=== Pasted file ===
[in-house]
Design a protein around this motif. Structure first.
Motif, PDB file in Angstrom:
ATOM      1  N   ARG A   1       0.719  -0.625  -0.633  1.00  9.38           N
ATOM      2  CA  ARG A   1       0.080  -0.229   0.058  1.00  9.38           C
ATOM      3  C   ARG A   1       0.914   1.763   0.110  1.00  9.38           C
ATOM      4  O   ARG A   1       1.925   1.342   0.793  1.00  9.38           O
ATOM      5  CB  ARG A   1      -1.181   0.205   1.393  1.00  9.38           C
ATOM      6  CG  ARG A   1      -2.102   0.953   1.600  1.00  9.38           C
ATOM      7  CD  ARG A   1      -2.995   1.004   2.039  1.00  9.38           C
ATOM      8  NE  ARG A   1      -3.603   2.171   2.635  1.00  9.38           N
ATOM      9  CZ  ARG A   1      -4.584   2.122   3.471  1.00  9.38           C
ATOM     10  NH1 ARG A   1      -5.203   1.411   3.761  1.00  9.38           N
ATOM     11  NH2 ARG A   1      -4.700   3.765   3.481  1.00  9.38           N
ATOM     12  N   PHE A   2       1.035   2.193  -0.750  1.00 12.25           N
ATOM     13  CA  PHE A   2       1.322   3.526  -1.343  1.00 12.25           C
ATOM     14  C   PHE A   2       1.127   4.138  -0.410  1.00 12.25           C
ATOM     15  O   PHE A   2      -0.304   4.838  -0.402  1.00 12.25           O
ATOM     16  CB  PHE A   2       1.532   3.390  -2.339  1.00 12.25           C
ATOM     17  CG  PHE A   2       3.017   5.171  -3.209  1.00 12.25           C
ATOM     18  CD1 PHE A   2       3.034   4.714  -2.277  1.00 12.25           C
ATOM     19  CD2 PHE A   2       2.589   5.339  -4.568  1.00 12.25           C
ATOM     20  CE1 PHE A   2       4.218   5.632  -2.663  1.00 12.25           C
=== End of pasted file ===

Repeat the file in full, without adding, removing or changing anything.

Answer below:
[in-house]
Design a protein around this motif. Structure first.
Motif, PDB file in Angstrom:
ATOM      1  N   ARG A   1       0.719  -0.625  -0.633  1.00  9.38           N
ATOM      2  CA  ARG A   1       0.080  -0.229   0.058  1.00  9.38           C
ATOM      3  C   ARG A   1       0.914   1.763   0.110  1.00  9.38           C
ATOM      4  O   ARG A   1       1.925   1.342   0.793  1.00  9.38           O
ATOM      5  CB  ARG A   1      -1.181   0.205   1.393  1.00  9.38           C
ATOM      6  CG  ARG A   1      -2.102   0.953   1.600  1.00  9.38           C
ATOM      7  CD  ARG A   1      -2.995   1.004   2.039  1.00  9.38           C
ATOM      8  NE  ARG A   1      -3.603   2.171   2.635  1.00  9.38           N
ATOM      9  CZ  ARG A   1      -4.584   2.122   3.471  1.00  9.38           C
ATOM     10  NH1 ARG A   1      -5.203   1.411   3.761  1.00  9.38           N
ATOM     11  NH2 ARG A   1      -4.700   3.765   3.481  1.00  9.38           N
ATOM     12  N   PHE A   2       1.035   2.193  -0.750  1.00 12.25           N
ATOM     13  CA  PHE A   2       1.322   3.526  -1.343  1.00 12.25           C
ATOM     14  C   PHE A   2       1.127   4.138  -0.410  1.00 12.25           C
ATOM     15  O   PHE A   2      -0.304   4.838  -0.402  1.00 12.25           O
ATOM     16  CB  PHE A   2       1.532   3.390  -2.339  1.00 12.25           C
ATOM     17  CG  PHE A   2       3.017   5.171  -3.209  1.00 12.25           C
ATOM     18  CD1 PHE A   2       3.034   4.714  -2.277  1.00 12.25           C
ATOM     19  CD2 PHE A   2       2.589   5.339  -4.568  1.00 12.25           C
ATOM     20  CE1 PHE A   2       4.218   5.632  -2.663  1.00 12.25           C